A New Regard for the Word ‘Husband’

Ted and I in May 2021. Photo by Becky Gibson Portwood

Early in Madeline Miller’s gorgeous 2012 novel, The Song of Achilles, the young Greek warrior and title character refers to his lover Patroclus as his husband.

“My husband has come for me,” he bravely says to King Lycomedes, in whose palace Achilles has been hidden by his mother to avoid being killed in the Trojan War. “And now I may leave your court.”

It’s a joyful reunion, for Achilles’ mother, the goddess Thetis, has been trying to hide Achilles from Patroclus, too. She wants Achilles to father a child with Lycomedes’ daughter, Deidameia, in whom Achilles has no interest.

A modern take on an old story

Because I mention the legend of Achilles and Patroclus in my forthcoming memoir, I picked up Miller’s book this week. I’m glad I did.

Miller boldly drops the centuries-old reticence about what was really going on between Achilles and his “companion” Patroclus—no holds barred. Their relationship becomes a sexual one when they are teenagers, at which time they also pledge undying love to each other. For me, Miller fills in the details that I thought—hoped!—were hiding between the lines when I first read the Iliad in high school Latin class in 1967.

Sure, the book subtly refers to other historically chaste companions. “If you have to go, you know I will go with you,” Achilles says to Patroclus at one point, echoing Ruth’s words to Naomi in the Bible: “ … wither thou goest, I will go.” But Miller leaves no doubt that these two young men are more than devoted buddies. (I am sure Song of Achilles is on someone’s banned book list today.)

A forward-thinking author

Even with her daring retelling of the story, Miller’s use of the word husband surprised me. It made me curious about what Greek word Achilles might have used to describe what Patroclus meant to him. Turns out there isn’t a Greek word for husband—not specifically, at least. Like German, the Greek language uses the same word for man as for husband, for woman as for wife. So it’s clear Miller is taking poetic license here.

That’s okay by me. Because at this point in her story, Achilles and Patroclus are more than friends, more than lovers, more than companions. They have pledged their lives to one another, which is what we do in America these days when two men marry, when two men become, in our language, husband and husband.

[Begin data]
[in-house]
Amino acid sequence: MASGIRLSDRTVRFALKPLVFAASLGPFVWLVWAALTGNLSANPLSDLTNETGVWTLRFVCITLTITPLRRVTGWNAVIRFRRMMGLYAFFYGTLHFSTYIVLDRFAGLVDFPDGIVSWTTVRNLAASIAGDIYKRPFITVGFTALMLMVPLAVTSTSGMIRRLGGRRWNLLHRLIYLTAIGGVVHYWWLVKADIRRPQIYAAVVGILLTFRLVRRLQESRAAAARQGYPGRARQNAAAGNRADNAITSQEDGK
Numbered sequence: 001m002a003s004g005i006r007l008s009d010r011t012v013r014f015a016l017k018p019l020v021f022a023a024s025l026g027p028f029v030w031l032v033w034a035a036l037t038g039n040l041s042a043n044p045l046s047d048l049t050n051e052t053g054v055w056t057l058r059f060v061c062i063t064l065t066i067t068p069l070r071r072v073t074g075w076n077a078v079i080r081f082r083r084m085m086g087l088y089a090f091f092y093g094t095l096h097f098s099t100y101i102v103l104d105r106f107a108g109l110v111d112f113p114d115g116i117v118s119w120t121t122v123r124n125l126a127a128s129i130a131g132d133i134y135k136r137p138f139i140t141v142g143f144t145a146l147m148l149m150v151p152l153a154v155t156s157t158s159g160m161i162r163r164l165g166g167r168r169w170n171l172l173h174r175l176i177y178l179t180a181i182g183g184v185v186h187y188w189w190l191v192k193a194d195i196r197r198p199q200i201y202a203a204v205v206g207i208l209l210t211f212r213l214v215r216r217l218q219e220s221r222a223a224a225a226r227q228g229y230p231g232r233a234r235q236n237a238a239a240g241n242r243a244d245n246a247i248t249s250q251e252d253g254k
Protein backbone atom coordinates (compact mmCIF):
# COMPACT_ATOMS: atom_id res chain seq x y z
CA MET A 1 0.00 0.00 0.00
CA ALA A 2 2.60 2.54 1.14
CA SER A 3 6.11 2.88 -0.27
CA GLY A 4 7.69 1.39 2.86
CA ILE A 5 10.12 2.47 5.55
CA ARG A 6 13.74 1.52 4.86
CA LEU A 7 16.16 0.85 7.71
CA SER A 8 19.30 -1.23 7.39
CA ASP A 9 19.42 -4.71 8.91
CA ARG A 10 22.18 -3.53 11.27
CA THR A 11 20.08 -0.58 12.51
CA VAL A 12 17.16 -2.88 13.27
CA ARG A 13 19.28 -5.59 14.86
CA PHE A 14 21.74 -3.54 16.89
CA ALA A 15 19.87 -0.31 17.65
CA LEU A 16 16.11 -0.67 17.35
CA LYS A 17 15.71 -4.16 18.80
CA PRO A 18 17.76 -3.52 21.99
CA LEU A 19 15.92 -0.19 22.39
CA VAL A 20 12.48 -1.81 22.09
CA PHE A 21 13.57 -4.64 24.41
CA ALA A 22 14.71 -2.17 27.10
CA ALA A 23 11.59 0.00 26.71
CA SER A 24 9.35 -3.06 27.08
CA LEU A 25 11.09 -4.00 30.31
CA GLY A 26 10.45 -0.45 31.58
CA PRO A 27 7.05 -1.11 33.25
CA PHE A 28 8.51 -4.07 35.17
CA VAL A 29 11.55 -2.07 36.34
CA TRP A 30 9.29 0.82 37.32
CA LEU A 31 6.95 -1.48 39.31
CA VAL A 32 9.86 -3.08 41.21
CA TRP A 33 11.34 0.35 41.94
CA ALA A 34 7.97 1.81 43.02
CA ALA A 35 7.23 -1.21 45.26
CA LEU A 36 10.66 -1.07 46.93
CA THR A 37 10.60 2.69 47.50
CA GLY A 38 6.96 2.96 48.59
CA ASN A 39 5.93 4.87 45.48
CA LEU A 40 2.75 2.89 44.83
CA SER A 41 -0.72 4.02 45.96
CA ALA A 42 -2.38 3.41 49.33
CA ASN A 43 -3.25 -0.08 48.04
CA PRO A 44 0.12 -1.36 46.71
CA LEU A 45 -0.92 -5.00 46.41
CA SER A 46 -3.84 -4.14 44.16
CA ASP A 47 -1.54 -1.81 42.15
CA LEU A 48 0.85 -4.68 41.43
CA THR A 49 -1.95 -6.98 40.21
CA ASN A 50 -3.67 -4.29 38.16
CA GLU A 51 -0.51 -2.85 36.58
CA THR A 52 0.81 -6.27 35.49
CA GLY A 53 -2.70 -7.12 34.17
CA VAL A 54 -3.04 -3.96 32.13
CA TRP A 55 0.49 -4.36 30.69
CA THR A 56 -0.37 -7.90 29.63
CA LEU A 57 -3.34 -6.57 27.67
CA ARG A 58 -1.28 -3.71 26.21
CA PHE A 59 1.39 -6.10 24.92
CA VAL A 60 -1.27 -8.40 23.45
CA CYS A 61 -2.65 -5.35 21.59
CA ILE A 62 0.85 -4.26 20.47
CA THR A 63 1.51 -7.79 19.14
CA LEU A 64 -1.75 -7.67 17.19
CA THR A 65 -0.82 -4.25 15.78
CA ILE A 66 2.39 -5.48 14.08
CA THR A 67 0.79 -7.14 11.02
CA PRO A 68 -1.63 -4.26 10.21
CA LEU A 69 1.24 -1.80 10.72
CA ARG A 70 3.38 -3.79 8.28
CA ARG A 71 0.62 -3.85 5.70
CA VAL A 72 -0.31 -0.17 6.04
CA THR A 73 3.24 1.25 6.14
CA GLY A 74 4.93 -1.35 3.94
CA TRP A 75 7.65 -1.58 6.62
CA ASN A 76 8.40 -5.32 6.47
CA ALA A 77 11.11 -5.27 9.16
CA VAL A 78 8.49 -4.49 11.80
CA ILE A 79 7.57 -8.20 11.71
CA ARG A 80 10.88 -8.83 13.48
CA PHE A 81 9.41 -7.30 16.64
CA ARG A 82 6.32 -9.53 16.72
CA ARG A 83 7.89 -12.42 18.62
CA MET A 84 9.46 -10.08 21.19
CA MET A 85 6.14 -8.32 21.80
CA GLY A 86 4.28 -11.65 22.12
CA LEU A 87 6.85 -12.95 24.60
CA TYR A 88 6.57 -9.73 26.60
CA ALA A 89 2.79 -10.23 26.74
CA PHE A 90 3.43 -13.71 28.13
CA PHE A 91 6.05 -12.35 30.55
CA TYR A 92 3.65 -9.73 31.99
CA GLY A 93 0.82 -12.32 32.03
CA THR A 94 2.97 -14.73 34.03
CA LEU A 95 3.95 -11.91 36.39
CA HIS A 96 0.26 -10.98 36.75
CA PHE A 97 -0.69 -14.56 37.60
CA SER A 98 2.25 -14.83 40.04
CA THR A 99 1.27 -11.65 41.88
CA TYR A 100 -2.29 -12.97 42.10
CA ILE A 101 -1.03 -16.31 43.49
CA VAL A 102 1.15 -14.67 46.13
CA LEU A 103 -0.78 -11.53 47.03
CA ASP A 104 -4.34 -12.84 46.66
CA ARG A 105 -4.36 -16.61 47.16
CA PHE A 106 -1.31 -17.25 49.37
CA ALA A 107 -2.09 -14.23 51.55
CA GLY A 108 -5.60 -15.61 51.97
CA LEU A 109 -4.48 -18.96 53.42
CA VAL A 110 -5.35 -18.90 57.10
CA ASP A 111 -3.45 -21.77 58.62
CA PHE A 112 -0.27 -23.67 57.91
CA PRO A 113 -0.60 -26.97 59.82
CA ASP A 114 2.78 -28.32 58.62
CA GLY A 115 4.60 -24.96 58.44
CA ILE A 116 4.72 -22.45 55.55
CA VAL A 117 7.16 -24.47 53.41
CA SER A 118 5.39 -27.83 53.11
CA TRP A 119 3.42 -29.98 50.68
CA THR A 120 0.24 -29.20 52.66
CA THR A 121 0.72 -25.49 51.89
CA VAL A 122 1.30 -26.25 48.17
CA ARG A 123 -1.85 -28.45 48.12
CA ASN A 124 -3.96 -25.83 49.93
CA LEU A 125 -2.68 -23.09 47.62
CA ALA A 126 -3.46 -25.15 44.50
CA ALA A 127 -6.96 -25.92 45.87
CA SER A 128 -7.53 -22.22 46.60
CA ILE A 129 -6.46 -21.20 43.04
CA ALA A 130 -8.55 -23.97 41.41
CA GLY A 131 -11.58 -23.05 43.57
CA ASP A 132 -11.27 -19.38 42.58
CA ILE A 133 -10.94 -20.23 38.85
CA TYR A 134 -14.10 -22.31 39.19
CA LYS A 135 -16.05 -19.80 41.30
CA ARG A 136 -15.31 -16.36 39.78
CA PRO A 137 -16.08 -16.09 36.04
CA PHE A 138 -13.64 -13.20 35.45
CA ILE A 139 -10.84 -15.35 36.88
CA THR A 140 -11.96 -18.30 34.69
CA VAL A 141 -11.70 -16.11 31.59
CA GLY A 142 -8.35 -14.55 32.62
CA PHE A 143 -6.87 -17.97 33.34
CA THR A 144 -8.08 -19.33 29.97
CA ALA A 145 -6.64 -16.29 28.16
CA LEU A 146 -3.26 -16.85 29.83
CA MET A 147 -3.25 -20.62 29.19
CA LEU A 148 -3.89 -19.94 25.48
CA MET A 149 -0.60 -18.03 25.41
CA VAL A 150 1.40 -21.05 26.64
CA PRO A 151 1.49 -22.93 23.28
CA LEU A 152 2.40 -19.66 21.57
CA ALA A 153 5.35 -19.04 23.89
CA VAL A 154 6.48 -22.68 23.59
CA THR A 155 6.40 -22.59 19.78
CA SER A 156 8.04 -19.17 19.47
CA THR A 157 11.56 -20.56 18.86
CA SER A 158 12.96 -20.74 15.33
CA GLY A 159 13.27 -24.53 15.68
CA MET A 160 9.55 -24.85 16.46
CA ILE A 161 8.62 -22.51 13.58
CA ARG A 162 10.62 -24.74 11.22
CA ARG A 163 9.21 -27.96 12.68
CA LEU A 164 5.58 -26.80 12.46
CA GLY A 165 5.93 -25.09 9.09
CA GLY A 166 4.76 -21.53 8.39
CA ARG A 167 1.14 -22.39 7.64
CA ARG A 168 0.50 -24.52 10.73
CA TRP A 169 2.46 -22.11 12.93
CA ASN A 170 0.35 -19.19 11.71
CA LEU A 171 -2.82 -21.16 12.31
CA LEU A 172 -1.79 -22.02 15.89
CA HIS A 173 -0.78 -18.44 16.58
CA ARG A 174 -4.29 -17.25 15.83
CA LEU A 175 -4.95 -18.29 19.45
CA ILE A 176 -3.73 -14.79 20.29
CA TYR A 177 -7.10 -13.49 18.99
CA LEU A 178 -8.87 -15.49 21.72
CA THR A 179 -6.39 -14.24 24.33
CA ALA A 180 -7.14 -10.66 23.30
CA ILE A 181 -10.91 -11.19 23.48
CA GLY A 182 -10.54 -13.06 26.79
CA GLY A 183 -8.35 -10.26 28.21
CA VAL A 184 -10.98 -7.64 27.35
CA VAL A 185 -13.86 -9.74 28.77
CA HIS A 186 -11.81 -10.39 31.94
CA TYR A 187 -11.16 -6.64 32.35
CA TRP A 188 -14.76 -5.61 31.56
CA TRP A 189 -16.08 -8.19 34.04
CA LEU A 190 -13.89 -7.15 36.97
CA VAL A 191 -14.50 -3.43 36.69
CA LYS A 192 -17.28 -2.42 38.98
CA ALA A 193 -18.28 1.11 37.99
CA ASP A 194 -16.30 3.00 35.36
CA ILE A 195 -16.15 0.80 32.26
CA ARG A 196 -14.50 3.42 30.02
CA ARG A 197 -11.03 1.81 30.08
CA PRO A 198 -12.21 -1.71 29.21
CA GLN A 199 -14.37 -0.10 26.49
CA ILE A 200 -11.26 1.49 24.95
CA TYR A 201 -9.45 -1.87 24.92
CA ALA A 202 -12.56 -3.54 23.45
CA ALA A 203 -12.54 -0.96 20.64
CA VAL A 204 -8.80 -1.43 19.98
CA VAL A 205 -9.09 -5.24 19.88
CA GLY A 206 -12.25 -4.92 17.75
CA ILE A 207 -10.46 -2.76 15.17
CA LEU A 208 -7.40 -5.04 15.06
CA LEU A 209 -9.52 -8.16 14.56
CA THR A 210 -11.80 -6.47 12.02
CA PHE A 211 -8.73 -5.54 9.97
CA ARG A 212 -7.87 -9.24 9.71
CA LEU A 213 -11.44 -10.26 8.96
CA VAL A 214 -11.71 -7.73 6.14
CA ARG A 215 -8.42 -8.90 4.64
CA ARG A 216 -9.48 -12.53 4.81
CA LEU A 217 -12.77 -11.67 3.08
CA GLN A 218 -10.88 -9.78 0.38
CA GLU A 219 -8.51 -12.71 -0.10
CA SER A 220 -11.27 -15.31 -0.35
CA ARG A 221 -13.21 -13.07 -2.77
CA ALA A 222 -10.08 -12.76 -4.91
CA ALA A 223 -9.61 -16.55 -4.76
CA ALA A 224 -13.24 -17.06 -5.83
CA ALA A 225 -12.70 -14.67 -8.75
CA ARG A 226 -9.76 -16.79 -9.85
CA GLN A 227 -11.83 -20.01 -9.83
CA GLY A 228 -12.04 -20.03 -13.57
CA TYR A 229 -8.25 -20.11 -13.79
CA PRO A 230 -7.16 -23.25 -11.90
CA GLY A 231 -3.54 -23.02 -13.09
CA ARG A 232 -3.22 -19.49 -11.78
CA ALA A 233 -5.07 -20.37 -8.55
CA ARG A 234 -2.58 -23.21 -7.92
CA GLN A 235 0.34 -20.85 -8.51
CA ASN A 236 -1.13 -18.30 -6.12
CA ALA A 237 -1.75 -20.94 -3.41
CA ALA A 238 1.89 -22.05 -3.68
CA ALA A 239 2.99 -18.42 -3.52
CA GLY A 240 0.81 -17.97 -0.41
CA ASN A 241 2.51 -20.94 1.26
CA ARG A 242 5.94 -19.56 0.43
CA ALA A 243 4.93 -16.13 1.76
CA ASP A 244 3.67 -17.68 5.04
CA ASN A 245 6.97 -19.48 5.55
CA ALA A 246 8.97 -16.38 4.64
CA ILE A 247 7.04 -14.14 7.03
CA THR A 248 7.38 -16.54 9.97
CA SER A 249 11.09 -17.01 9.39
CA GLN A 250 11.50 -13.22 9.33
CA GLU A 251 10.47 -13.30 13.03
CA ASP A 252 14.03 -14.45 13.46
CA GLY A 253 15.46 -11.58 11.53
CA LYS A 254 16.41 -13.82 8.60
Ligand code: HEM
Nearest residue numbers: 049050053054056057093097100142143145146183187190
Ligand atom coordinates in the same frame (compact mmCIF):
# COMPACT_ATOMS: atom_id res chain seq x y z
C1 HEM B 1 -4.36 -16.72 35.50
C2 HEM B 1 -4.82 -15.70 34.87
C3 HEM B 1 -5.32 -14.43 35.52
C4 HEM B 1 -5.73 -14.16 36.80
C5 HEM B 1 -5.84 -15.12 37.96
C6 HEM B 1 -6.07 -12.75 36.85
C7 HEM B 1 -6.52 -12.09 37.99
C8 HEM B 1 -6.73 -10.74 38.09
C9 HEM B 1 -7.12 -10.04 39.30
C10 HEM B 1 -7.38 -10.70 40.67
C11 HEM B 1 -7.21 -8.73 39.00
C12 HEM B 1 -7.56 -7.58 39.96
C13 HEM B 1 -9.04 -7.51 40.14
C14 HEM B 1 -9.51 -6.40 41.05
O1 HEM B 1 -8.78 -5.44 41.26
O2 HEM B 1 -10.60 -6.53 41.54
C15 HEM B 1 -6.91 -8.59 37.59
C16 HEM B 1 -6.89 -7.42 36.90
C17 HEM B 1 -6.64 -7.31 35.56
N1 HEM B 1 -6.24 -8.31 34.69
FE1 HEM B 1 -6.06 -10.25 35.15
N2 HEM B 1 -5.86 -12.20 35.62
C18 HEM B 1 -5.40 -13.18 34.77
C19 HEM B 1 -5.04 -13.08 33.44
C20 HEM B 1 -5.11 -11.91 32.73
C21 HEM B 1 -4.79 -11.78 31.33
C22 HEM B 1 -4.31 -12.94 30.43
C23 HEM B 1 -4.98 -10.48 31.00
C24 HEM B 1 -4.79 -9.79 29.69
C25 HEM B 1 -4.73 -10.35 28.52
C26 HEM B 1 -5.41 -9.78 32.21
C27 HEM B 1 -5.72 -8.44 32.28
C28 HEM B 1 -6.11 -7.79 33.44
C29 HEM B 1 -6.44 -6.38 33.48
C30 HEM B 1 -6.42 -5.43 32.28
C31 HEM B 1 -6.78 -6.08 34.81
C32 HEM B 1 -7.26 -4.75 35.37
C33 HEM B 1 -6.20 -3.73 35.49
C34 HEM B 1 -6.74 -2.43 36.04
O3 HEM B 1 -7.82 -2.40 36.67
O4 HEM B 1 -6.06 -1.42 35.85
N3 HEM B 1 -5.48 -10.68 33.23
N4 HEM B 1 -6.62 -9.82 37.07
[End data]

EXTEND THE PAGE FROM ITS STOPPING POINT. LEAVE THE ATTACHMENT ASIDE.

Of course, gay marriage didn’t become legal in the U.S. until 2015, three years after Miller’s novel was published, so her book is especially forward-looking, and maybe a tad political. Shortly after its release, Time magazine described it as “a subtle swipe at today’s ongoing debate over gay marriage. Talk about updating the classics.”

Freeing a word from its shackles

In the English language, the word husband comes from the Old Norse hūsbōndi, where hūs meant house and bōndi meant a man who has land and stock, a definition that also connoted “master of the house.” In Miller’s story, Achilles and Patroclus don’t share a house the first time Achilles refers to Patroclus as his husband, but it’s clear they are home to one another. The house they share is in their hearts.

So husband is a perfect fit. And in her use of it, Miller does her part to release a word from the cultural limits we placed on it, especially when the Defense of Marriage Act came along in 1996, defining marriage as something only a man and woman could enter into. Good for her. Isn’t crashing through outmoded ways of thinking one of the reasons we pick up a good book?

Another reason to be grateful

For me, Miller’s book is a reminder, too—a reminder to be grateful for that wonderful moment on October 19, 2013, when Ted Brothers and I were publicly pronounced “husband and husband” at our church in the north Georgia mountains.

After 36 years as lovers, companions and partners, after 36 years of never having quite the right word to describe what we mean to one another, it was a joy to claim the word husband as our own.

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